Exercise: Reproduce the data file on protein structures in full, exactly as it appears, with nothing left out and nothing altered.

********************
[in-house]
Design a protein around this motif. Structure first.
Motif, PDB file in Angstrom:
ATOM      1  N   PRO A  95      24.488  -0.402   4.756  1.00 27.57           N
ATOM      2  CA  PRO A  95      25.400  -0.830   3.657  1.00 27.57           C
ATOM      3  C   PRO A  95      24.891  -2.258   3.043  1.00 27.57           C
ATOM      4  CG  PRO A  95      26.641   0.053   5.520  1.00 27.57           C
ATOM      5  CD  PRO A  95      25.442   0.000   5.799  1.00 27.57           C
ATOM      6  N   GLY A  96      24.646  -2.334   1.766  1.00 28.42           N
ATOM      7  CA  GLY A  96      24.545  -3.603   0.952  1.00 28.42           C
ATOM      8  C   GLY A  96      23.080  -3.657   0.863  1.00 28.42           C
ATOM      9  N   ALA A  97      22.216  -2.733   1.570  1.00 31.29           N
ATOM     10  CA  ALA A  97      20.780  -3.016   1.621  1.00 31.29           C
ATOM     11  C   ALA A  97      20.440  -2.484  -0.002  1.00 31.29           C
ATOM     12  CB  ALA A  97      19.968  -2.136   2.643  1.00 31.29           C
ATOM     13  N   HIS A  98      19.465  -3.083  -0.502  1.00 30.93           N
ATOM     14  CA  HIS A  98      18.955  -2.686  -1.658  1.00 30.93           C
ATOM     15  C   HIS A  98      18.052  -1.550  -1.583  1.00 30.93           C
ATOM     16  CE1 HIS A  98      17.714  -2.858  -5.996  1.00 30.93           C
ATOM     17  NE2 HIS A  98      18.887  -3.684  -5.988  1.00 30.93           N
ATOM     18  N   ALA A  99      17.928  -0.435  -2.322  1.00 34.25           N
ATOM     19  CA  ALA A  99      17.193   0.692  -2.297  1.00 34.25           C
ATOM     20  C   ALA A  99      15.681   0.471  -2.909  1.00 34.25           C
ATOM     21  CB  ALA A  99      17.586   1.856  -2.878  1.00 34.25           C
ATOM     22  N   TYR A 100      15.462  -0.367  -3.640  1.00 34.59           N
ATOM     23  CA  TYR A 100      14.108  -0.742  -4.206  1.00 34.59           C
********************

[in-house]
Design a protein around this motif. Structure first.
Motif, PDB file in Angstrom:
ATOM      1  N   PRO A  95      24.488  -0.402   4.756  1.00 27.57           N
ATOM      2  CA  PRO A  95      25.400  -0.830   3.657  1.00 27.57           C
ATOM      3  C   PRO A  95      24.891  -2.258   3.043  1.00 27.57           C
ATOM      4  CG  PRO A  95      26.641   0.053   5.520  1.00 27.57           C
ATOM      5  CD  PRO A  95      25.442   0.000   5.799  1.00 27.57           C
ATOM      6  N   GLY A  96      24.646  -2.334   1.766  1.00 28.42           N
ATOM      7  CA  GLY A  96      24.545  -3.603   0.952  1.00 28.42           C
ATOM      8  C   GLY A  96      23.080  -3.657   0.863  1.00 28.42           C
ATOM      9  N   ALA A  97      22.216  -2.733   1.570  1.00 31.29           N
ATOM     10  CA  ALA A  97      20.780  -3.016   1.621  1.00 31.29           C
ATOM     11  C   ALA A  97      20.440  -2.484  -0.002  1.00 31.29           C
ATOM     12  CB  ALA A  97      19.968  -2.136   2.643  1.00 31.29           C
ATOM     13  N   HIS A  98      19.465  -3.083  -0.502  1.00 30.93           N
ATOM     14  CA  HIS A  98      18.955  -2.686  -1.658  1.00 30.93           C
ATOM     15  C   HIS A  98      18.052  -1.550  -1.583  1.00 30.93           C
ATOM     16  CE1 HIS A  98      17.714  -2.858  -5.996  1.00 30.93           C
ATOM     17  NE2 HIS A  98      18.887  -3.684  -5.988  1.00 30.93           N
ATOM     18  N   ALA A  99      17.928  -0.435  -2.322  1.00 34.25           N
ATOM     19  CA  ALA A  99      17.193   0.692  -2.297  1.00 34.25           C
ATOM     20  C   ALA A  99      15.681   0.471  -2.909  1.00 34.25           C
ATOM     21  CB  ALA A  99      17.586   1.856  -2.878  1.00 34.25           C
ATOM     22  N   TYR A 100      15.462  -0.367  -3.640  1.00 34.59           N
ATOM     23  CA  TYR A 100      14.108  -0.742  -4.206  1.00 34.59           C